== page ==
FORMER Welsh Premier side Neath FC have been wound up in what has been described as a desperately sad day for football in the town.
They had been under threat for months, seeing off winding up moves brought by the taxman in March — only to come under attack from Barclays Bank.
Neath FC president Peter Hain said he hoped the soccer club would now emerge phoenix-like from the ashes.
"It's a very sad day," said the Neath MP. "For Neath FC to have scaled such heights and then come crashing down is a savage blow."
Neath FC came into being in 2005, when Welsh League clubs Skewen Athletic and Neath decided to merge. But latterly fans became increasingly worried about the club's future following the financial issues, legal proceedings and chairman Geraint Hawkes's import business going into administration. In October, the payment of players' wages was delayed by what the club referred to as "issues".
Last month, Neath were kicked out of the Welsh Premier League, meaning they could not compete in Europe next season after failing to gain either a domestic or Uefa licence.
The Eagles, who had former Swansea City star Lee Trundle on their books, saw applications for both licences rejected by the Football Association of Wales earlier that month.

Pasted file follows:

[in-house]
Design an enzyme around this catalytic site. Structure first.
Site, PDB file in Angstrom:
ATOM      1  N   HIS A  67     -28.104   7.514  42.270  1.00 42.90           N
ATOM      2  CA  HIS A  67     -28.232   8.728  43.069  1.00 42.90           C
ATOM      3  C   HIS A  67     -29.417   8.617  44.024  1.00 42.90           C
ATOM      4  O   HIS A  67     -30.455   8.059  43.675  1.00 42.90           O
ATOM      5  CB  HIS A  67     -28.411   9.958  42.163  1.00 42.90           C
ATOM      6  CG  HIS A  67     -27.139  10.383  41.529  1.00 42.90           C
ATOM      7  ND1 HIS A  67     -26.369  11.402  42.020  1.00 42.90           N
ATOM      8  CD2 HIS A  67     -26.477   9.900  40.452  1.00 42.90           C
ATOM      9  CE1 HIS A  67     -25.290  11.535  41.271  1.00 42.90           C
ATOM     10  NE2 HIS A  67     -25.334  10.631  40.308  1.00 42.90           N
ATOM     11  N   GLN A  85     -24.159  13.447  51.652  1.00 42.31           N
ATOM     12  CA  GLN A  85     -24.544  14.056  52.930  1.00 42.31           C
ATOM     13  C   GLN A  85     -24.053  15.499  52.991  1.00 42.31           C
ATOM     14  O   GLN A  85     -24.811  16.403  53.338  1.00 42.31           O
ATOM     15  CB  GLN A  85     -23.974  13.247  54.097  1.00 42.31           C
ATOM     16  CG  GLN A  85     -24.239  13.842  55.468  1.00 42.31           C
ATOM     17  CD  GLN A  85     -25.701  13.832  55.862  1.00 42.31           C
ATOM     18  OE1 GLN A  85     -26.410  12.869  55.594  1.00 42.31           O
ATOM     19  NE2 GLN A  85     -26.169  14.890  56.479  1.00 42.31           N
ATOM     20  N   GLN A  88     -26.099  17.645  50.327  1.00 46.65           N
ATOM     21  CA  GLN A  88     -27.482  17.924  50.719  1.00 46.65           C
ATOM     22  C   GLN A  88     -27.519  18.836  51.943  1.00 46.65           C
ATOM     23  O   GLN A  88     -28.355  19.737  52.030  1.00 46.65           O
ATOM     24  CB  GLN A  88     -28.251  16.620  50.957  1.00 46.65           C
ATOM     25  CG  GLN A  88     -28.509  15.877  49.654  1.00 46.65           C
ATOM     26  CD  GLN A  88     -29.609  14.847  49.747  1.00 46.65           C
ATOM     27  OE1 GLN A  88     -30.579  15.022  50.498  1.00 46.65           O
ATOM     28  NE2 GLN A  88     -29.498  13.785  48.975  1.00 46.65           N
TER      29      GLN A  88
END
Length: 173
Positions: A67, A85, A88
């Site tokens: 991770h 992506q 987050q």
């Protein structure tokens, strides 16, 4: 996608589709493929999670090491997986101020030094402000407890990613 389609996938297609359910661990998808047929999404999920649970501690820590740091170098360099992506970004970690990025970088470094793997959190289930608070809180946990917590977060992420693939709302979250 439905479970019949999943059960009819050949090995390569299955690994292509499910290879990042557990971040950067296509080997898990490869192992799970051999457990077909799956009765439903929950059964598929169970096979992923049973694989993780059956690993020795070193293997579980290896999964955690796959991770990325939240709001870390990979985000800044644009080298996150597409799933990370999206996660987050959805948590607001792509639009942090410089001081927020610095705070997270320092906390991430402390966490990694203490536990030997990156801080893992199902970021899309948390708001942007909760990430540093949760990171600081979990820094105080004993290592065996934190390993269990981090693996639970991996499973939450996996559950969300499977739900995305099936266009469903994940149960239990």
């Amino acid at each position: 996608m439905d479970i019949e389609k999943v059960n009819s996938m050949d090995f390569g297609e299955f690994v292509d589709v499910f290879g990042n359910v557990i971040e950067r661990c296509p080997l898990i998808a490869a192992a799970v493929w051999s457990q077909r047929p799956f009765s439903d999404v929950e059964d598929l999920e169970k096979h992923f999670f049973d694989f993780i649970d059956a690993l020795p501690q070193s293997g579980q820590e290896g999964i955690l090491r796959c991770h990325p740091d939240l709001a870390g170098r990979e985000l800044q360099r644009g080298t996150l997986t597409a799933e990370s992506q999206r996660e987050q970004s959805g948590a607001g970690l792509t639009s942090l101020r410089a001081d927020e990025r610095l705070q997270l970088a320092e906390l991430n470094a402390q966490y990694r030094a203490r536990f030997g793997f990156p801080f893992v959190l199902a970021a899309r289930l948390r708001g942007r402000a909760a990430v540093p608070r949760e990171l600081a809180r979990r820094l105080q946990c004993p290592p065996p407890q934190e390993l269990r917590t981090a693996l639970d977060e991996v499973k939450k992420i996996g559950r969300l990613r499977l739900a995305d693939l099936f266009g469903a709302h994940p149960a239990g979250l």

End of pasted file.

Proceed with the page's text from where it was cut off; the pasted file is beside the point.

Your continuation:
Yesterday they were wound up in London's High Court, two weeks after escaping such action when Registrar Barber ruled that the paperwork in front of her was not satisfactory.
Yesterday, though, lawyers for the bank told her the papers were in order, and she granted a "usual compulsory order" winding the club up.
The court heard in March that Neath had paid its £65,000 debt to HM Revenue and Customs. However, the bank won an order for "substitution", allowing it to take over the winding-up petition in respect of its undisclosed debt.
The club's affairs will now be handed over to an Official Receiver.
His job will be to do his best to ensure debts are paid off by selling any assets available and then bringing business to a close.
Mr Hain said: "For the efforts of everyone involved with the club to go up in smoke is desperately sad.
"Let us hope that it can rise phoenix-like in the future."